17
Jul
2019

A Digestive Dilema


A Digestive Dilema

 

Over a year ago, Max came in for an office visit. Max is a 76 year old retired school teacher who was recently diagnosed with Barret’s Esophagitis. Barret’s is an inflammation of the esophagus that is caused by chronic irritation, usually from Reflux. It is a concern because the cell changes can sometimes be pre-cancerous.

 

Max was given Nexium to take but he was not tolerating it well and wanted an alternative treatment.  In taking his case, he reported having digestive issues for sometime. He said that he really had to decrease his protein intake because it really bothered him with lots of gas and bloating and intestinal pressure.

I explained to him that it sounded to me like the cause of his problem was actually low stomach acid.  Acid is needed for digestion and especially for protein digestion.  Without enough the proteins have a harder time being broken down into amino acids. The undigested protein can ferment and cause more gas and bloating issues.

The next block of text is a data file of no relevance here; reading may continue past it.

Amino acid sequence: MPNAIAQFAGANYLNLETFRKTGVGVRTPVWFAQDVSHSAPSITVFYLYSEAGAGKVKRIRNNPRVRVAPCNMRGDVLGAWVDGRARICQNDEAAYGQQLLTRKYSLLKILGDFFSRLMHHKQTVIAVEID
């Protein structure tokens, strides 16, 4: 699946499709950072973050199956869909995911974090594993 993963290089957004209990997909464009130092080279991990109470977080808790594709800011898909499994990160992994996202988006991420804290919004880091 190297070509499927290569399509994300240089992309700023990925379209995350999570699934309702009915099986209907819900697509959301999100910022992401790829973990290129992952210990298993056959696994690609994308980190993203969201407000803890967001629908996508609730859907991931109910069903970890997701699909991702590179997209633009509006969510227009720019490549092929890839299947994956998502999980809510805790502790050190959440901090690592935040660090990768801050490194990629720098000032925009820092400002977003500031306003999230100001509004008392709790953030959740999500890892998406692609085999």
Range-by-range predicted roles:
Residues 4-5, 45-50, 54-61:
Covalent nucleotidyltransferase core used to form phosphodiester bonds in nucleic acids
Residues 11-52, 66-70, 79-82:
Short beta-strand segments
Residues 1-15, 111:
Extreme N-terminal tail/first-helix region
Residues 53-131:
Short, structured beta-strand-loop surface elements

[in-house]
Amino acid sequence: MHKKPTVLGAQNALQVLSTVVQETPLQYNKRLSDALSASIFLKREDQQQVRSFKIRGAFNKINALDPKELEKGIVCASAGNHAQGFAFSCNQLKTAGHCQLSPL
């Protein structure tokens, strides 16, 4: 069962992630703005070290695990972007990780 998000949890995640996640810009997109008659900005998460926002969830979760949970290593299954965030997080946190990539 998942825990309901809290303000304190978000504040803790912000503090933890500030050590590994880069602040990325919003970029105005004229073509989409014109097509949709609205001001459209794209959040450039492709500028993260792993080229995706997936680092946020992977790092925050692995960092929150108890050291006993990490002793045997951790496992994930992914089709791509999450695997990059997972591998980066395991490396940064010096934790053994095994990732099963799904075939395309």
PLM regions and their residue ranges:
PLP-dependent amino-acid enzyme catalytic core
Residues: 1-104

This low acid or hypochlorhydria could be the problem causing more of the reflux symptoms.  The Cardiac spincter is a valve between the stomach and the esophagus.  It will get the signal to close tightly when there is lots of acid in the stomach. If it is low, the valve might not close enough and the acid that is there could irritate the tissue.

Max began taking a digestive aid to help acid production and began to feel better.  He cancelled his two week follow up and I didn’t hear from him for 12 months.  He came back in after a year to let me know that he has been taking the digestive aid for the entire time and it really helped.  He also showed me the follow up endoscopy report that showed no signs of Barret’s.  We both were happy with this news.

 

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